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Wednesday, November 12, 2003

A VIETNAM LESSON MOSTLY FORGOTTEN It wasn’t before I read Victor Davis Hanson’s fascinating Why the West has won that my conscious mind registered the suffering inflicted on South Vietnam and the Vietnamese people by the US disengagement. David Gelernter has just made a point along similar lines:

We are haunted by the consequences of allowing South Vietnam to collapse. Tens of thousands of executions (maybe 60,000), re-education camps where hundreds of thousands died, a million boat people.

(. . . )

We betrayed our allies and hurried home, to introspect. They stayed on, to suffer. We were eager to make love, not war, but the South Vietnamese weren't offered that option. Their alternatives were to knuckle under or die.
It was my fault, mine personally; I was part of the antiwar crowd and I'm sorry. But my apology is too late for the South Vietnamese dead. All I can do is join the chorus in shouting, "No more Vietnams!" No more shrugging off tyranny; no more deserting our friends; no more going back on our duties as the strongest nation on Earth.

That doesn’t make the catastrophe that was the Vietnam war any less horrible, but it is very important to remember that after the mistake that was the phase 1964-69 which saw the intense levels of direct US actions on the ground, strategy shifted correctly to a more efficient use of force. The only major error, understandable though that it was in the context of the Cold War, was to refrain from closing down the Ho Chi Minh trail and threatening or actually invading North Vietnam. It’s a lesson we should never forget about war: an initial escalation can hasten the end of the war and thus actually shorten the war and lower the amount of human suffering. A lesson that hadn’t really sunk in in regards to Iraq during the 1990s. A resumption of the war by the US, UK and our allies would have been an intial escalation but it would have spared many Iraqi lives lost due to Saddam’s rule in the intermittent years in which a “peaceful” solution to the war was sought via the UN mechanisms.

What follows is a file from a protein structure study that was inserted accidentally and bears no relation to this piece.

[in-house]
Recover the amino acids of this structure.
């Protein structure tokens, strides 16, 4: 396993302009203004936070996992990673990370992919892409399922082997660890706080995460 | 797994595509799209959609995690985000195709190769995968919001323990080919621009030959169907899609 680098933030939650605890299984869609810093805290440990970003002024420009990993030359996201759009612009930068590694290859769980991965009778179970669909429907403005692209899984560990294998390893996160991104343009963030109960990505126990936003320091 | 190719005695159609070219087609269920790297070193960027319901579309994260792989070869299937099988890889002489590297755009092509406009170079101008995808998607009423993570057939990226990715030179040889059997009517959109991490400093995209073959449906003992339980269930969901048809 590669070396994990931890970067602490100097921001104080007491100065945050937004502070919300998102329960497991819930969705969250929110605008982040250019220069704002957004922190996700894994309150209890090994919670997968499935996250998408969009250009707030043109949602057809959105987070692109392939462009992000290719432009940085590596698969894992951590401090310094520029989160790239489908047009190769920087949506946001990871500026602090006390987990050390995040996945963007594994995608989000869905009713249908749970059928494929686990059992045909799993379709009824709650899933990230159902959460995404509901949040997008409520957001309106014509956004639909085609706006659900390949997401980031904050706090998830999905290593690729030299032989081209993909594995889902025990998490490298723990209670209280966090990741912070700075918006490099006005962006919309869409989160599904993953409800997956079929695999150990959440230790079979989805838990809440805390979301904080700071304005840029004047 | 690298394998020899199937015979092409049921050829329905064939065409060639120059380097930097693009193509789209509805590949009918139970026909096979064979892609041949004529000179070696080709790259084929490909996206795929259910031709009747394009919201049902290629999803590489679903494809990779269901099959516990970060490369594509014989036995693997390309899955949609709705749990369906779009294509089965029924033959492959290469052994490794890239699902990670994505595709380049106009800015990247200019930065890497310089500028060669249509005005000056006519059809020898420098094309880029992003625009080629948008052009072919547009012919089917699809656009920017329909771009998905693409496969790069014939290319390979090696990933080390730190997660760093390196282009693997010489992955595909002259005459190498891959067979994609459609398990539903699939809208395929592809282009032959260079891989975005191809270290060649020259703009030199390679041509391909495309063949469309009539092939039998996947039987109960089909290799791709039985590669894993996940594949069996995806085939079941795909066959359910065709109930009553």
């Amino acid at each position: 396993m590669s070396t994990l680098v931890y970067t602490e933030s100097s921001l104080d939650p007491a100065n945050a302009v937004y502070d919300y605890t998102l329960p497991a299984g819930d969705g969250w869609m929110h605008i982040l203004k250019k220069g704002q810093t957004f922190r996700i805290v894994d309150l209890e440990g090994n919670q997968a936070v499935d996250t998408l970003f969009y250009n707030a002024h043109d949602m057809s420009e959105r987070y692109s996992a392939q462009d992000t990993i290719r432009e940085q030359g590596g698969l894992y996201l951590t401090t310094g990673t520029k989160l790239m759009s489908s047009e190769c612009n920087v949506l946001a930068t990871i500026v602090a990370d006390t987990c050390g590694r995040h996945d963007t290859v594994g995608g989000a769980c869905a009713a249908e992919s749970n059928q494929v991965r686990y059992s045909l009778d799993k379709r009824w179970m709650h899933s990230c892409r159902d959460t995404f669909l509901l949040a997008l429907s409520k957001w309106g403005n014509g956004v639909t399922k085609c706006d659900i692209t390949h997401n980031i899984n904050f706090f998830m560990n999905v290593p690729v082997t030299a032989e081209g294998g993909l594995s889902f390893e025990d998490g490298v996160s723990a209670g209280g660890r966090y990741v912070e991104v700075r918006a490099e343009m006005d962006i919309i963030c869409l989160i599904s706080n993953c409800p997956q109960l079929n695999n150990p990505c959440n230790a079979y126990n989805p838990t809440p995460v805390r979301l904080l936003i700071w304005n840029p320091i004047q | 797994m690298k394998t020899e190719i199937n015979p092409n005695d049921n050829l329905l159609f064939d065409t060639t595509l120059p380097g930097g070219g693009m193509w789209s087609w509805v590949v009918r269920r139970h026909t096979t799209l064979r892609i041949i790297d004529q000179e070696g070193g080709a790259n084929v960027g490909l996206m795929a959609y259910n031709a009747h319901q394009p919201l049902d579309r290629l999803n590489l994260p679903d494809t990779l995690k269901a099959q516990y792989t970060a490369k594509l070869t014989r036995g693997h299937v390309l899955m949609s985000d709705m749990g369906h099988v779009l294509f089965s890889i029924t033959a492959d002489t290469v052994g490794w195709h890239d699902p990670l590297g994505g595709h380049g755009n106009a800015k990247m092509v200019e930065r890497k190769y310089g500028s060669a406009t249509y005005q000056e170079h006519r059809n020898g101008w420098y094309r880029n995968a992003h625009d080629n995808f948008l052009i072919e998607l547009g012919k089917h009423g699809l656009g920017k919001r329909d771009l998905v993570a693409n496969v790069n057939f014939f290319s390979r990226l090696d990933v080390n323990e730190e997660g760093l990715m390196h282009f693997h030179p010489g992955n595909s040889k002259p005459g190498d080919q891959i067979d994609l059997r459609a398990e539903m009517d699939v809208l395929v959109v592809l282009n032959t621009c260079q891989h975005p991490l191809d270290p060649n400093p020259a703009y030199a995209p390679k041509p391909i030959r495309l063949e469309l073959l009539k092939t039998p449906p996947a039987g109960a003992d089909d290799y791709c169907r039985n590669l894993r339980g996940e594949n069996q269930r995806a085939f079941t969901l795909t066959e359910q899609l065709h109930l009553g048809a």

Another interesting thought on comparison between Iraq and Vietnam is in regards to “the plan”, which was absent in Korea (and West Germany and Japan), and Vietnam, where there was a detailed plan of how to proceed. We all know what turned out to be the better way. To the limited extent that Gelernter is right about the successes of Vietnamisation, this clearly reflects just this turning away from a fixed detailed plan.

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